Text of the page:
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March 31, 2006

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dsquared

[Perhaps, therefore, egalitarians should think less about improving the lot of the worst-off through education, and focus instead upon higher cash transfers to such people in later life.]

Why in later life? Why not increase the size of the Child Trust Fund to £100,000, and cut the education budget accordingly? Let's really go outside the box here.

The Pedant-General

"This paper (pdf) shows that, although there is a decent average return even to GCSEs, differences in men's qualifications and other observable characteristics account for only one-third of the variation in wages"

And how much is accounted for by sheer unadulterated hard graft?

How does one equalise for the fact that some are prepared to work harder than others?

And dsquared might just have a point: it might lead to a proper voucher system to pay for fully independent schools. Brilliant!

chris

D2 - As Niels Bohr once said: I think your idea is crazy. But I'm not sure if it's crazy enough to be right.

Andrew Duffin

"cash grants...paid unconditionally to adults who had low birthweight or free school meals "

What, even if they become millionaires?

That's going to be a really popular policy.

Phil

[Most people think equal opportunity is more desirable or attainable than "fuller" conceptions of equality]

Well, maybe. But I think it'd be truer to say that a lot of people think equality of opportunity would be less disruptive to the status quo than measures aimed directly at equality of outcome - and that quite a lot of those people count its predictable failure to deliver equality of outcome under the 'less disruptive' heading, as a feature rather than a bug

Robert Schwartz

Unearned money creates underclasses. Do this in the UK and you will have suicide bombers like fido has fleas.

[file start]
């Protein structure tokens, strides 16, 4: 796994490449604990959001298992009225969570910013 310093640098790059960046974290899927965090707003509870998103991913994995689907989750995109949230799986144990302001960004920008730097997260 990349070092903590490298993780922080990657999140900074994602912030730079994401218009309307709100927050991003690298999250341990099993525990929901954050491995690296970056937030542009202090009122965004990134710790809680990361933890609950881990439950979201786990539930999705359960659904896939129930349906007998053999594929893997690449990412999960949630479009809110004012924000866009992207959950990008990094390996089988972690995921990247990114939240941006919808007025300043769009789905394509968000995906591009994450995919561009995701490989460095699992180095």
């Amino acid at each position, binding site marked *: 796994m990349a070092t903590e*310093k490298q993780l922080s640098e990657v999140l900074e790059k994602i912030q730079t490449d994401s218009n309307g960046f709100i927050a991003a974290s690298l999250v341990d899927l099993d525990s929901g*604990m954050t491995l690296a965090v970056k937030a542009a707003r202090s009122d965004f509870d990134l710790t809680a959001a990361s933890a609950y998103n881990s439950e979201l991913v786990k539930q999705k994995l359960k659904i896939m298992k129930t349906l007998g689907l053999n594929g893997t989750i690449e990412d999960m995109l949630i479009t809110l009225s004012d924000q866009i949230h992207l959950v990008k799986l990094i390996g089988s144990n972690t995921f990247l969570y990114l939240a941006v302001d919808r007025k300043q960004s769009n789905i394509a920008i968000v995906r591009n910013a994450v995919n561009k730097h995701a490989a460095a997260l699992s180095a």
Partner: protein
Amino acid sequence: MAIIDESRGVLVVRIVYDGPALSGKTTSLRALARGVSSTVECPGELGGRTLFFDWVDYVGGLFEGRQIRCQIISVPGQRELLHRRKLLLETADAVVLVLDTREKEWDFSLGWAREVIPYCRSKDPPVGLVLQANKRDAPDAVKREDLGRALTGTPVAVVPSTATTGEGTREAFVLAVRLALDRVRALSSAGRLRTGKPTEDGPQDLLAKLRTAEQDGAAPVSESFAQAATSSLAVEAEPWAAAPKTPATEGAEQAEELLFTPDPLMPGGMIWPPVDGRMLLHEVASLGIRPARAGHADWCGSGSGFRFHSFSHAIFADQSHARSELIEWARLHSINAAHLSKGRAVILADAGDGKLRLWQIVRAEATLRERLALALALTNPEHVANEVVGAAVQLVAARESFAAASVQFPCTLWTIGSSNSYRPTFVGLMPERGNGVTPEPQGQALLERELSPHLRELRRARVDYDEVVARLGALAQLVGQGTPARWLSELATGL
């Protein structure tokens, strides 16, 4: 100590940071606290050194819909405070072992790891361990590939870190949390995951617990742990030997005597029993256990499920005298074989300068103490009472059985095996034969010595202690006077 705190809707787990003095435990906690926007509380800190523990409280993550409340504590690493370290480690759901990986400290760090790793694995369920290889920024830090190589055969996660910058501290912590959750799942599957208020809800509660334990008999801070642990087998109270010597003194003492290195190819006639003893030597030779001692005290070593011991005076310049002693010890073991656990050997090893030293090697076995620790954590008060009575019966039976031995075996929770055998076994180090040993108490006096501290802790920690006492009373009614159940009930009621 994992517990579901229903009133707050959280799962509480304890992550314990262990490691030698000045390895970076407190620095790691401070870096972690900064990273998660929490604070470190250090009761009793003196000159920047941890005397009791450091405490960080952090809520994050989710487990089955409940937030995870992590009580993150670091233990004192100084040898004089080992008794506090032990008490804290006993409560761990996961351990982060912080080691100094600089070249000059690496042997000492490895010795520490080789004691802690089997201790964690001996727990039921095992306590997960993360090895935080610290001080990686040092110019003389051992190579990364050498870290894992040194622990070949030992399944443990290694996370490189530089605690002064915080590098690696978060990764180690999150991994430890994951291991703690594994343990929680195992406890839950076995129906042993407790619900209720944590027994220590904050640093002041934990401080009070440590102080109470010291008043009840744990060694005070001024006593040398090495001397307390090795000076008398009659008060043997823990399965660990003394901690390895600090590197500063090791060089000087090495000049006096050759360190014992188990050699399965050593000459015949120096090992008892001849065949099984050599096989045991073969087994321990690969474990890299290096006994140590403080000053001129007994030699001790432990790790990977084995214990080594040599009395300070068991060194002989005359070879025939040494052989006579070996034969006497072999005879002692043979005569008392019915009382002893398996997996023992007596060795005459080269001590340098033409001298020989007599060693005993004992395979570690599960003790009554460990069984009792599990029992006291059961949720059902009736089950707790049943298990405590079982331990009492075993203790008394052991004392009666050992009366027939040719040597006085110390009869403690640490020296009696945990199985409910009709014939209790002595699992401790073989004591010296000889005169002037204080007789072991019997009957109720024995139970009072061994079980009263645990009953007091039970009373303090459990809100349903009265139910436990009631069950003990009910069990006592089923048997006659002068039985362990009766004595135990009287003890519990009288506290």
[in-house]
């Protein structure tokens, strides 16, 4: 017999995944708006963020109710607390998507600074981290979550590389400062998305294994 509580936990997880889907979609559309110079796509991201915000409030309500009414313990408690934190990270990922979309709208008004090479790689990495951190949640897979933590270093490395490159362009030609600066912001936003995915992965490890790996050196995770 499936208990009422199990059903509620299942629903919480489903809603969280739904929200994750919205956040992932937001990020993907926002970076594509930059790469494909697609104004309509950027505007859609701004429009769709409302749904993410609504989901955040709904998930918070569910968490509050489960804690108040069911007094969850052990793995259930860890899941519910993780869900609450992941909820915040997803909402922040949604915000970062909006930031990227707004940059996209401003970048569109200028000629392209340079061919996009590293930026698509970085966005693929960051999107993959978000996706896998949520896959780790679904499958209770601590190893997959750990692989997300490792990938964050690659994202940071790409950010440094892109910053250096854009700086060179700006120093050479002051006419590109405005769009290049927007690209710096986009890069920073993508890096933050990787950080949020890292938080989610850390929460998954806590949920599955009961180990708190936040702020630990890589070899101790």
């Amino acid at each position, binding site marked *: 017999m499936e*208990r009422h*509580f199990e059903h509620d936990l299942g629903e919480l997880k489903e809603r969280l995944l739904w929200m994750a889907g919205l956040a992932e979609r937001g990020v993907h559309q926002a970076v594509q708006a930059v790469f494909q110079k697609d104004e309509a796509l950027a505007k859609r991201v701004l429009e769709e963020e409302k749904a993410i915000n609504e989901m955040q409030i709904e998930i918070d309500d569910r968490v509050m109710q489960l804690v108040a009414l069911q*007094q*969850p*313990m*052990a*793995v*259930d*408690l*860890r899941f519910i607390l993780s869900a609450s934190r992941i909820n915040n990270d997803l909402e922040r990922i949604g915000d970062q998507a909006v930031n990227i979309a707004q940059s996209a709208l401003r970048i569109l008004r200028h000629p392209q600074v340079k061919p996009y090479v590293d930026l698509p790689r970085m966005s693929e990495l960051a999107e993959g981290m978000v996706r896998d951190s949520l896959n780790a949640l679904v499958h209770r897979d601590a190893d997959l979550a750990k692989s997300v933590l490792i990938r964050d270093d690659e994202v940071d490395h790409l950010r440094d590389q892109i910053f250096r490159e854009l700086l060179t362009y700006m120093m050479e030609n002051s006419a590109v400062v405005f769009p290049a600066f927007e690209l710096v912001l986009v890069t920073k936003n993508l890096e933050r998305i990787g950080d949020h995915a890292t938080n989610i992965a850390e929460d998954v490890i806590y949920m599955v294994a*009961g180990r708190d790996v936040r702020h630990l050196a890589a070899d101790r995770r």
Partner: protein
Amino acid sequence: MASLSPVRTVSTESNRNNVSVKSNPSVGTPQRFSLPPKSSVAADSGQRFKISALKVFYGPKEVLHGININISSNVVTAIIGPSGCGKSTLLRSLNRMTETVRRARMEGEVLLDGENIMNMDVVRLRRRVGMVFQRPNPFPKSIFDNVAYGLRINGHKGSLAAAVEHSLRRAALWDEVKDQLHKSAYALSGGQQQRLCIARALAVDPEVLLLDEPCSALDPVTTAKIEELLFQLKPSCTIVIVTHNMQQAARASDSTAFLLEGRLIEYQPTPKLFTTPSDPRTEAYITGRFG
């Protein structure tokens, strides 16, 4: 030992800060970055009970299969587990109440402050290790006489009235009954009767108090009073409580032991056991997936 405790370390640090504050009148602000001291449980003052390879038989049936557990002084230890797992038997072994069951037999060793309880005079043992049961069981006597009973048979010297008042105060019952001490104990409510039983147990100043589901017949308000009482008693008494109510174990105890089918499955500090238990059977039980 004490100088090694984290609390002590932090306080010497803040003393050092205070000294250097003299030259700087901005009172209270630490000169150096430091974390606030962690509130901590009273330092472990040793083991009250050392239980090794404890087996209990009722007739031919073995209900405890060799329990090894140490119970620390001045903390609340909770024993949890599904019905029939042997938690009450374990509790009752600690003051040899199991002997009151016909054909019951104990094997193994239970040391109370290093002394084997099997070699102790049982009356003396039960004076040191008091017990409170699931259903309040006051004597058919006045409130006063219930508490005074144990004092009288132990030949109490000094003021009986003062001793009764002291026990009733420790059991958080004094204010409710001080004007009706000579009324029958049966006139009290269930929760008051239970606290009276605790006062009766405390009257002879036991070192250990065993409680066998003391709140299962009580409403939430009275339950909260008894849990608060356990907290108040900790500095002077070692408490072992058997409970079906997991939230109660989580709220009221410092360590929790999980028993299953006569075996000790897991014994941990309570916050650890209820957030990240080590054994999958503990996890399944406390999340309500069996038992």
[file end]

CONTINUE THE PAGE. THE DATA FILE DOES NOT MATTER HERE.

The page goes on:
What will help the "the life-chances of people from poor backgrounds." Volatility and flexibility. The law of hacking is that any system with fixed rules can be hacked, and will be hacked. A social system will be gamed, and the people who figure out how to best game it will become powerful, and therefor rich. They will do their best to rig the system in favor of their children and there will be an inherited aristocracy.

The French hopping to creat a system open to talent regardless of backround created a very elaborate system that Enarques game in favor of their children.

http://education.guardian.co.uk/higher/worldwide/story/0,9959,1093812,00.html

The Soviet nomenklatura was further proof of this phenomenon.

The best system therefor is no system. If there is no system, it cannot be gamed. If all is fluid then all doors are open.

Leftists will hate this theory, it gives them no room to act as the Guardians and manipulate the levers of power. And it is just as well.

Marcin

Could it just be that the kind of education systems used don't really respond to funding, and that it would be better to look at the content of curricula to find which ones allow children to do best?

This isn't just a question of cash, this is a question of changing social attitudes, and the attitudes of teachers. Possibly we need some kind of radical change, such as encouraging the successful to take occasional sabbaticals to spend a period as teachers, or involve them in pedagogy in some other way. Then these people might be able to help those who have trouble making the best use of education overcoming those problems, either by helping them study more effectively, or by helping them think about how to run their lives to make best use of any talents that they do have. I do rather worry that we consign our children to the care of people who are by far not the highest achievers, but often those couldn't find any direction in life, and were attracted by the government grant to take a not especially well-paid job.

Marcin

To engage with wealth transfers: why is a grant to those who have the markers for low wealth better than a grant to everyone who is on a low income, or a grant to everyone (a social wage)?

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